I’m hearing from many of you today that you just made serious money on my Valeant (VRX) prediction.
That’s gratifying; thank you for sharing your successes.
And there will be a lot more where that came from – plus more specific money-making recommendations. Hang around.
Meanwhile, yesterday, activist investor Bill Ackman was just doing what macho hedge fund guys who think they are smarter than everybody else are supposed to do when he bought two million more shares of VRX stock on Wednesday when it was selling off by 40%.
A mere 24 hours later, VRX is back under $100/share and Ackman is down another $400 million after Canadian regulators announced they are keeping a close eye on the pharmaceutical company and Wall Street analysts are raising more questions about the company’s sales prices and disclosures.
While the Quebec securities regulator hasn’t opened a formal investigation on VRX yet, it expressed concern about the issues raised by short seller Citron Research. Citron’s report raised serious questions about how VRX sells its drugs and whether all of the sales it reports are legitimate. The report accelerated the sharp selloff in VRX shares that began a few weeks ago, as I predicted, when politicians began focusing on the company’s egregious drug price increases.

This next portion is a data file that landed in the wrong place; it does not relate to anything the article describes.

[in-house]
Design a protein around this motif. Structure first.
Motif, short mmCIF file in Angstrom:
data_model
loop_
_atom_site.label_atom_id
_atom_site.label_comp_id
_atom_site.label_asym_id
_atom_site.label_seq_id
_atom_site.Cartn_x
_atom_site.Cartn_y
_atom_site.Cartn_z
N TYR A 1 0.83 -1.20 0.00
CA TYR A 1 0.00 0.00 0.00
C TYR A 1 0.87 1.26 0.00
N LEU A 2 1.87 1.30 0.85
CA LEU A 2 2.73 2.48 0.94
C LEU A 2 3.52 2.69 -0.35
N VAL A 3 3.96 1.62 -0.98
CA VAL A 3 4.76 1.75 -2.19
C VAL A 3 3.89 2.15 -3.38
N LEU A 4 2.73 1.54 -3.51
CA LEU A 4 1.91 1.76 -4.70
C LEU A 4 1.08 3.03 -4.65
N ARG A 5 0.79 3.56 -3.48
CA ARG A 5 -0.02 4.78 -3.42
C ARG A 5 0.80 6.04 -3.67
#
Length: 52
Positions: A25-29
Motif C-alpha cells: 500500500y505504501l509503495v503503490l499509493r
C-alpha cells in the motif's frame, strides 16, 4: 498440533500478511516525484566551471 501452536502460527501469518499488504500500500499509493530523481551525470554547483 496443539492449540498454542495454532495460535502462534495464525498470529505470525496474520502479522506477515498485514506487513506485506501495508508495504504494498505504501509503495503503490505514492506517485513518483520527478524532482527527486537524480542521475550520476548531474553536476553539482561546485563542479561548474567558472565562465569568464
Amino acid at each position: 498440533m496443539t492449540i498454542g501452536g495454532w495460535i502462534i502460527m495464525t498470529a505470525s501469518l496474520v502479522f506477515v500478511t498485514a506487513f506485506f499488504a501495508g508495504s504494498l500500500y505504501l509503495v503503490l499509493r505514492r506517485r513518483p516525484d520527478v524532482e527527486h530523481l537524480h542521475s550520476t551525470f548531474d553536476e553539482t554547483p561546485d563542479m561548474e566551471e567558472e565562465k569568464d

Now I have another prediction.
If Canadian regulators are sniffing around, the Americans can’t be far behind. I would not be surprised to see the SEC, FDA, Justice Department and various state attorney generals open investigations into various aspects of the company’s business. If that were to happen. The stock would come under further pressure.
That’s not Valeant’s only problem. Bond investors are also bailing. JP Morgan has downgraded the company’s bonds and scolded management for lousy disclosure of its sales practices. The bigger problem from a credit perspective is that today’s VRX is no longer yesterday’s VRX. After last Monday’s earnings call, the company’s previously noxious and predatory business model has completely changed. Now the question is whether a kinder, gentler VRX can pay the debt incurred by its dark twin who was born gobbling up other companies with tens of billions of debt and firing their workers and hiking their drug prices. Now that the stock price has been cut by 60%, the company’s credit metrics have been drastically altered. If the stock keeps dropping, which I expect, the company’s banks may start to get worried (they likely already are).
Let’s watch it unfold together.
By the way, Bill Ackman reminds a lot of people of some of the characters on the Netflix show House of Cards. Now you know why.